'Taiwan Is Taiwan': House Motion Bans Map Showing Island as Part of China

The House of Representatives passed a bill on Wednesday that included a motion to ban the use of public funds to buy, make or display any map of China that shows Taiwan as part of its territory.

The bill—for State Department and related foreign service funding—was adopted on Capitol Hill by a vote of 217 to 212. It is a binding legislation that now provides both the budget and how it is to be used.

Adopted with the legislation was amendment 35, introduced by Republican lawmakers Tom Tiffany (WI-07), Steve Chabot (OH-01), Scott Perry (PA-10), Kat Cammack (FL-03) and Mike Gallagher (WI-08).

The motion "[p]rohibits the expenditure of funds to create, procure or display any map that depicts Taiwan as part of the People's Republic of China," according to the text.

Speaking on the House floor on Wednesday, the amendment's main sponsor, Tiffany, said: "This is a common sense measure. As we all know, Taiwan has never been part of Communist China. The Taiwanese people elect their own leaders, raise their own armed forces, conduct their own foreign policy and maintain their own international trade agreements.

"By every measure, Taiwan is a sovereign, democratic and independent country. Any claims to the contrary are simply false," said the Wisconsin representative.

He added: "Since the 1970s, America's so-called 'one China' policy has acknowledged Beijing's bogus argument that Taiwan is part of Communist China. This is a dishonest policy, and that is one that America should abandon."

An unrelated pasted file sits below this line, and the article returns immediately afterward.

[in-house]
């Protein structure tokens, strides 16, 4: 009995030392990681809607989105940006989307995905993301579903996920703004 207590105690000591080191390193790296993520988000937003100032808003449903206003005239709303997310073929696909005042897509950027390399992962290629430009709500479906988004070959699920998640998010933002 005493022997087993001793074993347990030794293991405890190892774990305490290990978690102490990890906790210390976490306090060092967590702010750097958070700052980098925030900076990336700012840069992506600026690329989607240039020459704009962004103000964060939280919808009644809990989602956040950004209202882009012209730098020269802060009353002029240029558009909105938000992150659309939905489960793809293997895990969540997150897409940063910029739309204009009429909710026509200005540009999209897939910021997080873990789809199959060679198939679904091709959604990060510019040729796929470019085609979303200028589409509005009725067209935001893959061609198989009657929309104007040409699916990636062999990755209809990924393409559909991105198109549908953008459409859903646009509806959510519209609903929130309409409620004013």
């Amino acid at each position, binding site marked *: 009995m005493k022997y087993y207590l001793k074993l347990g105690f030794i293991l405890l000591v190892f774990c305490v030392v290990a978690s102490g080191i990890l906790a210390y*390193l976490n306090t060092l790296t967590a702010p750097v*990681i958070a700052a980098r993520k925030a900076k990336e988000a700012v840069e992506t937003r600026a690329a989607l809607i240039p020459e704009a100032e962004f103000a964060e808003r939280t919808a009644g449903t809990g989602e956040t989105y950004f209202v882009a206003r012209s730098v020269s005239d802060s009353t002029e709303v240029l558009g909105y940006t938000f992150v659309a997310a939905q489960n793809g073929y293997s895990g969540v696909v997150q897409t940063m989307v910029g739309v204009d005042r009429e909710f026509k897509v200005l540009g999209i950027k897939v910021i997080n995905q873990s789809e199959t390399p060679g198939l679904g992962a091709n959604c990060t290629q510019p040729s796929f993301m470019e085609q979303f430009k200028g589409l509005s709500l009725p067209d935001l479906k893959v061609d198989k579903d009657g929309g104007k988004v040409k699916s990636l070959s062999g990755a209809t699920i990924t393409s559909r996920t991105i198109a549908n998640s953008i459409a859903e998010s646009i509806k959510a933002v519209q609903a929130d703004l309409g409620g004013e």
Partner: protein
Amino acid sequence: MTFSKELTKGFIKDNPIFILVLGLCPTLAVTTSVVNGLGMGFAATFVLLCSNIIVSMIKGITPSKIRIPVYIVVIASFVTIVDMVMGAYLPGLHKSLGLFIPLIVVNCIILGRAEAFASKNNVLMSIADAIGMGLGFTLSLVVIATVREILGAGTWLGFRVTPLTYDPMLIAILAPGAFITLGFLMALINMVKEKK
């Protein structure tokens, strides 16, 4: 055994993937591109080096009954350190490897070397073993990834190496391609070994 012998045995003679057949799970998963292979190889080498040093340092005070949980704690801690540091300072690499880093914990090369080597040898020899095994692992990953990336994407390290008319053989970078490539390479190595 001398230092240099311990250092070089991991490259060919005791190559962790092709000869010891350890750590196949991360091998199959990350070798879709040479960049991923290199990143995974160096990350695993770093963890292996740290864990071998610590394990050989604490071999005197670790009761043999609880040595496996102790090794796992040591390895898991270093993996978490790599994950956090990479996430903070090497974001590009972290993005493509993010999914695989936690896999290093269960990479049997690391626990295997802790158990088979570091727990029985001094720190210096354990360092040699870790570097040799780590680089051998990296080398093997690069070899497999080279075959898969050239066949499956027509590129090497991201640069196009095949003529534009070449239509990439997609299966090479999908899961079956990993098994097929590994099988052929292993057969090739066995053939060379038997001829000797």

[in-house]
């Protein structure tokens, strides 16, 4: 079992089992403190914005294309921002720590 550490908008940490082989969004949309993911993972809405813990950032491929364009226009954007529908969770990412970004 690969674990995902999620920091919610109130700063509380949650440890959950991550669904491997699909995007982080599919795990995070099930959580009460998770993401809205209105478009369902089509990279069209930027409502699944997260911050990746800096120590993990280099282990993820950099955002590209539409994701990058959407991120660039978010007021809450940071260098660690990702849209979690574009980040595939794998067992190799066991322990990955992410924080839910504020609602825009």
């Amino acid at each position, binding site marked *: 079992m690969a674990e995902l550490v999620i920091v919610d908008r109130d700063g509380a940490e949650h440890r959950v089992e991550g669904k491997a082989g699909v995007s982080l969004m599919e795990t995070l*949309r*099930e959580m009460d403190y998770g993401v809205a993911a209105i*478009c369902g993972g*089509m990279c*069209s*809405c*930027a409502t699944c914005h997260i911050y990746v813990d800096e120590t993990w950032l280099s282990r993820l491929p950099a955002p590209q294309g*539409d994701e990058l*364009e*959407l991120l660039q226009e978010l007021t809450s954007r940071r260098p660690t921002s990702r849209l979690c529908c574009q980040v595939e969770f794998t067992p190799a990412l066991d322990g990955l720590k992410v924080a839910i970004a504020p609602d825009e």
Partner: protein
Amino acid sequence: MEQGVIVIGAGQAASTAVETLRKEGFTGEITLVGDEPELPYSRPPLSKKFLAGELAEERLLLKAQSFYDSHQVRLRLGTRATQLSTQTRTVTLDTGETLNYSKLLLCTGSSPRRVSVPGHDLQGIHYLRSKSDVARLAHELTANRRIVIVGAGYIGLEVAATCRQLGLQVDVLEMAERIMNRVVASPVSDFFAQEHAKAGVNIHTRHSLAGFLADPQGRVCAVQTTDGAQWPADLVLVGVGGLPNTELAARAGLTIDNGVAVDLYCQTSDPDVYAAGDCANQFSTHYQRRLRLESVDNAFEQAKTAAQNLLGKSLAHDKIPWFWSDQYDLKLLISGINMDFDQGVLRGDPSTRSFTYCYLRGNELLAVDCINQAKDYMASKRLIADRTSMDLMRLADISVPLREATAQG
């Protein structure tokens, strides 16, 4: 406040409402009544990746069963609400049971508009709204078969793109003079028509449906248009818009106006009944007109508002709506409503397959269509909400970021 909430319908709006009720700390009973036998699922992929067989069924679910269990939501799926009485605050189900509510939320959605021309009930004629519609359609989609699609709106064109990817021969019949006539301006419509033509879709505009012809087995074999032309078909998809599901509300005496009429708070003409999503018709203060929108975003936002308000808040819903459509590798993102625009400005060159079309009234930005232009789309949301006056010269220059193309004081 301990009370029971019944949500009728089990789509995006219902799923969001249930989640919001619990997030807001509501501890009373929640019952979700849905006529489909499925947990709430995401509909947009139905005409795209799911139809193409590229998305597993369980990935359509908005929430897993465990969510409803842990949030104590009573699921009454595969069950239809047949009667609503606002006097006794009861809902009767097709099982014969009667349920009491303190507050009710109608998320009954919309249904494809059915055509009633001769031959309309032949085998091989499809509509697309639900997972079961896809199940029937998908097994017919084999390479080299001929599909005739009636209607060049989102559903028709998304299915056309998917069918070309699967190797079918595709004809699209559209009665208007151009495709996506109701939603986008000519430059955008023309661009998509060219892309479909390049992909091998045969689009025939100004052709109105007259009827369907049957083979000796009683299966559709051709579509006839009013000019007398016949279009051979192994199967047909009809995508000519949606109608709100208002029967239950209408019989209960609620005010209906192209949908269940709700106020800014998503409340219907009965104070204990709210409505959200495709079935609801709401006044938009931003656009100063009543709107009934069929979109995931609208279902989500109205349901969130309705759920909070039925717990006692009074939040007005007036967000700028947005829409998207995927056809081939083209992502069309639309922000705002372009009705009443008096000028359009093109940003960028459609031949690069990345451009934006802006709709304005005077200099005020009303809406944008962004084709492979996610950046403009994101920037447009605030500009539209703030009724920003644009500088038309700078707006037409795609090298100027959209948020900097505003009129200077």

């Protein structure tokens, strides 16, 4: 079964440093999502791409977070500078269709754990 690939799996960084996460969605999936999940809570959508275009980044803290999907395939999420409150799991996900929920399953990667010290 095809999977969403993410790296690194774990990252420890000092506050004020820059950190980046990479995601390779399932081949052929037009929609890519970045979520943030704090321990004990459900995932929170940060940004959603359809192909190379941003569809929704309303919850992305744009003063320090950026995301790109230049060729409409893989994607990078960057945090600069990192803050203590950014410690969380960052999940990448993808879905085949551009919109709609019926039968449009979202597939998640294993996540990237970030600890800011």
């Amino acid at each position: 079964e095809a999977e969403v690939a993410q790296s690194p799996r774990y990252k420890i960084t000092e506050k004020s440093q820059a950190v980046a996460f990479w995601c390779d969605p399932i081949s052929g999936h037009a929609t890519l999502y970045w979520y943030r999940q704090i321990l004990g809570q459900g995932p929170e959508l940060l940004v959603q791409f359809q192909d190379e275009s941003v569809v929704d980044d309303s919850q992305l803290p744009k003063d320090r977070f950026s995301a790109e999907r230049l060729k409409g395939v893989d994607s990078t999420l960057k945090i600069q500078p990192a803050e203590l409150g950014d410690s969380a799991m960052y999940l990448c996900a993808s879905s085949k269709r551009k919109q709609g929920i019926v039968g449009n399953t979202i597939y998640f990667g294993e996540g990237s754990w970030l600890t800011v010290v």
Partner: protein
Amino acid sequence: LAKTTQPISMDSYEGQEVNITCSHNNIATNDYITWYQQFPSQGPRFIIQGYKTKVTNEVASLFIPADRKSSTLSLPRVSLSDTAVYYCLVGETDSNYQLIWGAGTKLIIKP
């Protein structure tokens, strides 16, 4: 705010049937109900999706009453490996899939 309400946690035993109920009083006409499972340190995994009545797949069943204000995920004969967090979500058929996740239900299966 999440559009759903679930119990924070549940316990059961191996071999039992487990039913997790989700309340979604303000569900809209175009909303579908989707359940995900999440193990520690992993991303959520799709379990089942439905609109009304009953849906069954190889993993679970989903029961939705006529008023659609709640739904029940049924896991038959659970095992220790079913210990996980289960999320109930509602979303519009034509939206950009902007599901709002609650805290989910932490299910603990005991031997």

"While we cannot end this policy with my amendment today, we can at least require honest maps that stop perpetuating the 'one China' lie," Tiffany remarked. "Communist China is Communist China," he said, "and Taiwan is Taiwan."

Reached by Newsweek on Thursday Taipei time, Taiwan's Foreign Ministry spokesperson Joanne Ou thanked the lawmakers for their "continued show of support through concrete actions."

Taiwan will follow the bill's progress, maintain its close ties with the U.S. executive and legislative branches and continue to deepen positive U.S.-Taiwan relations, Ou said.

The 2022 State, Foreign Operations, and Related Programs bill funds the U.S. diplomatic service including the State Department and the U.S. Mission to the United Nations.

According to the House Committee on Appropriations, the legislation provides $62.24 billion in foreign service funding, an increase of $6.74 billion—or 12 percent—from the current budget.

Included are provisions for foreign aid, public health infrastructure and U.S. efforts to tackle climate change. The bill helps to "support allies and partners of the United States, particularly to counter growing Chinese influence," the committee said.

Correction 7/30/21, 3:45 a.m. ET: A previous version of this story incorrectly described the bill as non-binding.

China and Taiwan Flags Compared
The national flags of the Republic of China (Taiwan), top, and the People's Republic of China (PRC), bottom. MARVIN RECINOS/Lucas Schifres/AFP via Getty Images/Getty Images